However, with campaigns that are bringing women of all sizes to the front lines, such as American Eagle’s Aerie and the recent plus-sized model Sports Illustrated cover, young girls have women to relate to rather than compare themselves to.

Along with the constant conversation around sugar bans and the rising death rate caused by obesity, I feel that there should be just as much consideration of what’s being put into children’s minds as what’s being stocked on grocery store shelves.

The world taught me to judge my “imperfect” shape before it taught me to love myself. That’s the real issue.

How can any child get out of an unhealthy condition if the media has helped them already decide that they are flawed?

Today, I’m not a size two or an intense athlete, but I also don’t binge-eat or hide my body.

I’ve found balance in a world that runs on unhealthy statistics and waist trainers.

I would have given anything back then for the information I have today on the importance of self-love and food awareness.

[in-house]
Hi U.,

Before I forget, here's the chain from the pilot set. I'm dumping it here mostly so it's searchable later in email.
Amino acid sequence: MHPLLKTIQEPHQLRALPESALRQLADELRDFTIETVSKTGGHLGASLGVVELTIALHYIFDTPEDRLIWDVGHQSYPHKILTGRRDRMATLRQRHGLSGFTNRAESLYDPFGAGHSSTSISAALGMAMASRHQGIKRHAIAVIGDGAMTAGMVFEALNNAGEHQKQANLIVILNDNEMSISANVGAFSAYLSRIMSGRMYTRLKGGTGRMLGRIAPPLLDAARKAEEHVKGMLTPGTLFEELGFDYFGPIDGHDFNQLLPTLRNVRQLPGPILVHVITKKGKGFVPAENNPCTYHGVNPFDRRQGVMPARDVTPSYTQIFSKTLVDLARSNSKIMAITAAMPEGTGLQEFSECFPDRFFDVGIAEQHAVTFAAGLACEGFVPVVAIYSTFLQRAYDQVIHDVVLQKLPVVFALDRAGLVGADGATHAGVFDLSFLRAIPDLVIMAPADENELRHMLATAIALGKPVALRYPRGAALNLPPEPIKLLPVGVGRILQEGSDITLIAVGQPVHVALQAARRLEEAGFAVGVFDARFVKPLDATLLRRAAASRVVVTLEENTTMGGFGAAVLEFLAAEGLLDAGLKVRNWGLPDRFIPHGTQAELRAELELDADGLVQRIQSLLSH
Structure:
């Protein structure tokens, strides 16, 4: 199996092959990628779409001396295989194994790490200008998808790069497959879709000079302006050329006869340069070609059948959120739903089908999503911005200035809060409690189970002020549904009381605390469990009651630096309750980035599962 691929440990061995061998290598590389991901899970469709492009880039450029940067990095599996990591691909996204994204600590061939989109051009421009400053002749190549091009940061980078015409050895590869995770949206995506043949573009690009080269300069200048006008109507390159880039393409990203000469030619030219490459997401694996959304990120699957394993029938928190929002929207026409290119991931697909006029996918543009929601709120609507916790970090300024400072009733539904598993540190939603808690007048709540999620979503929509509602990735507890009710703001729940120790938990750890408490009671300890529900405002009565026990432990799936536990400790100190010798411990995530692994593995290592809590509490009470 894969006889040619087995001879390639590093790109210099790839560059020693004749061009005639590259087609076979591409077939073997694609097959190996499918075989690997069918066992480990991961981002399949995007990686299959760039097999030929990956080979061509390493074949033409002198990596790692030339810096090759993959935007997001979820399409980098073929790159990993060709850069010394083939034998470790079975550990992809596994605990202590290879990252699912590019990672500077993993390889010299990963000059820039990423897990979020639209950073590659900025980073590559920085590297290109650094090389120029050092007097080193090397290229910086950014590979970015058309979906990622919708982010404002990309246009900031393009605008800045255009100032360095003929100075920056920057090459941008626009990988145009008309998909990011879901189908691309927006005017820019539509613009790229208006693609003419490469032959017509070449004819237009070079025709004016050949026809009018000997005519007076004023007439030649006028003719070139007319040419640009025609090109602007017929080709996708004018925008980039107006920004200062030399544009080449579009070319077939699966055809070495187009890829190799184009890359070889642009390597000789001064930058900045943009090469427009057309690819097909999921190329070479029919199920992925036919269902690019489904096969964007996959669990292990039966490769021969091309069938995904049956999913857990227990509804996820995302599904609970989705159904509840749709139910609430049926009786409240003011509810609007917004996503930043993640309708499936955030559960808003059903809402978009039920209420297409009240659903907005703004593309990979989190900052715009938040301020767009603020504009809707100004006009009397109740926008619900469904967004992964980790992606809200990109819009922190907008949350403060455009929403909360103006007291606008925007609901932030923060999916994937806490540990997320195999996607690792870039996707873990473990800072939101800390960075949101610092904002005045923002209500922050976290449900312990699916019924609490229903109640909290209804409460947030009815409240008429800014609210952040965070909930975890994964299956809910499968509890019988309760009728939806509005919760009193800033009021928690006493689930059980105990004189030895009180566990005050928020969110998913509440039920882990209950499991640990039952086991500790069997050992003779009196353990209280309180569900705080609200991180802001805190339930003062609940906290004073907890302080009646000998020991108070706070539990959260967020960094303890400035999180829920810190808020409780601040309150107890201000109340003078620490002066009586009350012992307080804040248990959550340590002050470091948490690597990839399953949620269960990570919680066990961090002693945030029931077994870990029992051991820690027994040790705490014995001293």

If I could say one thing to my younger self, it would be this: “I know, I understand how you feel, but … listen to your body, move your feet, eat what makes you feel alive and enjoy every moment you have in your body, because it is yours, no one else’s, and your opinion of it is the only one that truly matters.”

I am more than just a #TransformationTuesday of a chubby girl who became fit.

I am someone who took control of my own body and didn’t let society’s standards determine who I would become.

This is a joint byline. Ryersonian staff are responsible for the news website edited and produced by final-year undergraduate and graduate journalism students at Ryerson University. It features all the content from the weekly campus newspaper, The Ryersonian, and distributes news and online multimedia, including video newscasts from RyersonianTV. also provides videos, images, and other interactive material in partnership with the School of Journalism.